A Canadian tourist landed in Britain recently and checked into a hotel near Heathrow airport in London. He gave the clerk at the check-in desk a £100 note as a deposit then went to take a look the rooms.
While the tourist was upstairs checking the rooms, the desk clerk called the hotel manager who took the £100 note and rushed off to the local tax office to pay his VAT bill.
The official at the tax office took the £100 note and dashed over to the town hall to pay the property taxes for the VAT office building. Due to a strike at the Central Accounting Division in Whitehall, the British government was in arrears in its local council taxes.
The clerk at the town hall took the £100 note and sped to the offices of the Union of White Collar Workers to pay the union dues for the town hall branch of the union.
The Comrade-in-Chief of the union jumped into his brand new Bentley and drove across town to the hotel to pay off the £100 still owing on the bar bill from the last union convention at the hotel.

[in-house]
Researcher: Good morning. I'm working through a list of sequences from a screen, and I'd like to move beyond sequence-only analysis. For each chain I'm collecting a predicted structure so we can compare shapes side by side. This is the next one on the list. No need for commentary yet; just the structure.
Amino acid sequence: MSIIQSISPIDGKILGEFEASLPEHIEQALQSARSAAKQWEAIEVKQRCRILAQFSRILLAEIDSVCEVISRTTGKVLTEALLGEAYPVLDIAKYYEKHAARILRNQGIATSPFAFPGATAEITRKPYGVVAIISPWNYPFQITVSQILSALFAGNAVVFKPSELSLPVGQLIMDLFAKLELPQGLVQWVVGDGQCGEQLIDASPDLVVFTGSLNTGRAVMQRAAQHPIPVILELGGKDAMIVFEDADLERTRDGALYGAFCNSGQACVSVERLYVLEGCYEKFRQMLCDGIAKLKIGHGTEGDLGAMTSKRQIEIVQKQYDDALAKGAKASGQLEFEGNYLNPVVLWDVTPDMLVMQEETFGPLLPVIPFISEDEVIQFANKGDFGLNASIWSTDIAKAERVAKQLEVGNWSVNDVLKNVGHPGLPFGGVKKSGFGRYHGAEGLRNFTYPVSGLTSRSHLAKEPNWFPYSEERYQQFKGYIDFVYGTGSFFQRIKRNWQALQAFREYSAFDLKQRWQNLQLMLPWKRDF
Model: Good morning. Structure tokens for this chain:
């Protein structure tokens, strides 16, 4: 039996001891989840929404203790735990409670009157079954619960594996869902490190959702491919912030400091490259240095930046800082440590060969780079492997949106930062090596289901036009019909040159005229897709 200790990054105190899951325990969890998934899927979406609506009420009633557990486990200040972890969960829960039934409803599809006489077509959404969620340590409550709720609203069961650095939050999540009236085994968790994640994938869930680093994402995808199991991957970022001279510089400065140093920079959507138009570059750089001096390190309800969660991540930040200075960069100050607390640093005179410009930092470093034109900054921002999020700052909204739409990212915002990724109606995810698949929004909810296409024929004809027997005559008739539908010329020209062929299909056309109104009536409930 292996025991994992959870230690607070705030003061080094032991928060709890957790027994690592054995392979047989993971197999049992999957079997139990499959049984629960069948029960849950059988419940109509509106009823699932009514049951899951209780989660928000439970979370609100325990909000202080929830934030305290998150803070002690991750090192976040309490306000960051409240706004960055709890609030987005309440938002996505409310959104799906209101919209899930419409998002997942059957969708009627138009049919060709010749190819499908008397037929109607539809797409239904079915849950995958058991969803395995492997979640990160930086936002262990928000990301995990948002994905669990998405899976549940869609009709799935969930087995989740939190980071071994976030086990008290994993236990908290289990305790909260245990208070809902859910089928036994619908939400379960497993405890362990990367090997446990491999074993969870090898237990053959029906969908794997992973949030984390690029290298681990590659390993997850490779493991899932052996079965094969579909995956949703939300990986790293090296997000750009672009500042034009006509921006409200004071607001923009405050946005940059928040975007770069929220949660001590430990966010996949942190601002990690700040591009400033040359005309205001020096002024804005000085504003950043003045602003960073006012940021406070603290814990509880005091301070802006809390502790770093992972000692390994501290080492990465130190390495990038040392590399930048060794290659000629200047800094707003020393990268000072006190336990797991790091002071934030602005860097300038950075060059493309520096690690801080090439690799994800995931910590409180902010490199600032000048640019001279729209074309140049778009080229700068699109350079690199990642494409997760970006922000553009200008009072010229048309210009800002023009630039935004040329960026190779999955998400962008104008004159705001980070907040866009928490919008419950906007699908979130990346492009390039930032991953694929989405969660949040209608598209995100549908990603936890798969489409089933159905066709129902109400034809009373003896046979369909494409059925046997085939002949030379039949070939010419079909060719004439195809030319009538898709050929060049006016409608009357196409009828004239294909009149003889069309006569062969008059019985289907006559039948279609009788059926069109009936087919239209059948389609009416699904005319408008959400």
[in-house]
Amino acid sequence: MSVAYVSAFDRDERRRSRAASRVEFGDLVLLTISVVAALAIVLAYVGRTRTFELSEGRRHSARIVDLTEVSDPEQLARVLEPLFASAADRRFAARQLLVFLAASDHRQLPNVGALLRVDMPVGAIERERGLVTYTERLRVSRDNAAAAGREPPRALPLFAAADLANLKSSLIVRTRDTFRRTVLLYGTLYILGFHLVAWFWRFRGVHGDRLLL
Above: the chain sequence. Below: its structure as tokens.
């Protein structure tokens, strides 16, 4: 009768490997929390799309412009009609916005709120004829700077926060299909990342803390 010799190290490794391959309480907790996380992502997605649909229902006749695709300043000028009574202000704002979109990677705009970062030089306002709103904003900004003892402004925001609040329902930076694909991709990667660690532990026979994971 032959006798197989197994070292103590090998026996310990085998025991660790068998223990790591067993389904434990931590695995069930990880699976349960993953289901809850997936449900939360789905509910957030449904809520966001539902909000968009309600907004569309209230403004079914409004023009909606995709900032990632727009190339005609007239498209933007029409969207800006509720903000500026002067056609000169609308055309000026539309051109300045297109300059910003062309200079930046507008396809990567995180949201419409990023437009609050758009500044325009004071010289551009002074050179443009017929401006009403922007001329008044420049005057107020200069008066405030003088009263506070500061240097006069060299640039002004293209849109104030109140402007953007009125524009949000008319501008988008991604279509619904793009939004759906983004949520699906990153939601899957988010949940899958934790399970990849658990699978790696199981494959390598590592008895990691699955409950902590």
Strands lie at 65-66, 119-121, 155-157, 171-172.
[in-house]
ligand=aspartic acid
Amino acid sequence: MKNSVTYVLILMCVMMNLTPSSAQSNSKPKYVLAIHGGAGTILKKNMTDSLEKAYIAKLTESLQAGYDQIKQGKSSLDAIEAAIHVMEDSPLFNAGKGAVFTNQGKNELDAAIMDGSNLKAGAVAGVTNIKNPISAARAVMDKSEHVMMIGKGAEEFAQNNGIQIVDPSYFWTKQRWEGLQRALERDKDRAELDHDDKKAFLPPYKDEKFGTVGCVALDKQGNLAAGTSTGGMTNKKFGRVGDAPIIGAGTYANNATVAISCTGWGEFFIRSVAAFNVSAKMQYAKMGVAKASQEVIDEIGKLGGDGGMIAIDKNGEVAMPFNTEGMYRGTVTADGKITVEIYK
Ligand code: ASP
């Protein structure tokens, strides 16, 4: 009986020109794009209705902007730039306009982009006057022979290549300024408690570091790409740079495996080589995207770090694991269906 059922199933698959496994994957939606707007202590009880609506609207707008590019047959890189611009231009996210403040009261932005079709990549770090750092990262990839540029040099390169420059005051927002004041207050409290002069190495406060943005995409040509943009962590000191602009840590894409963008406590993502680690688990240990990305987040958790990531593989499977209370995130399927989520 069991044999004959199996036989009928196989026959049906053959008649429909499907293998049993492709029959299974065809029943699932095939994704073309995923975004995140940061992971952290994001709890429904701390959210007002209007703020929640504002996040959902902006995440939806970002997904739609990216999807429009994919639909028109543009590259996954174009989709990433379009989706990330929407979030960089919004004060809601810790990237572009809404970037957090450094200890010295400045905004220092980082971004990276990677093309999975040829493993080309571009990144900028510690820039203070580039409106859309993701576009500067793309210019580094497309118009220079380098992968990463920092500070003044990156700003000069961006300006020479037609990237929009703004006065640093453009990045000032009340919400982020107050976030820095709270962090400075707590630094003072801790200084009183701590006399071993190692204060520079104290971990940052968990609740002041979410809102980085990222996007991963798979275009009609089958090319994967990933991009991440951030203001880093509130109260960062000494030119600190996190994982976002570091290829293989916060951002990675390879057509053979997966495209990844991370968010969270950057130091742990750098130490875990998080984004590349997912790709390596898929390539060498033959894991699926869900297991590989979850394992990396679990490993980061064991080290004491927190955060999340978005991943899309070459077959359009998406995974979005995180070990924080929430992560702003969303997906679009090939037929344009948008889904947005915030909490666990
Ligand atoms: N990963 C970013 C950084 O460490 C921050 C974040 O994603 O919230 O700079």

The desk clerk at the hotel accepted the £100 note and laid it down on the check-in desk just as the Canadian tourist came back downstairs.
"I don't like your rooms" said the Canadian tourist who picked up his £100 note and left to find another hotel.
Nobody earned any money that day, but everybody in town paid all their debt. Prime Minister Gordon Brown expressed his delight at this encouraging sign of a bright future for the British economy.
"Comedy always works best when it is mean-spirited" - John Cleese
Author John Corby also writes as "Bulldogge" for the British Canadian newspaper.
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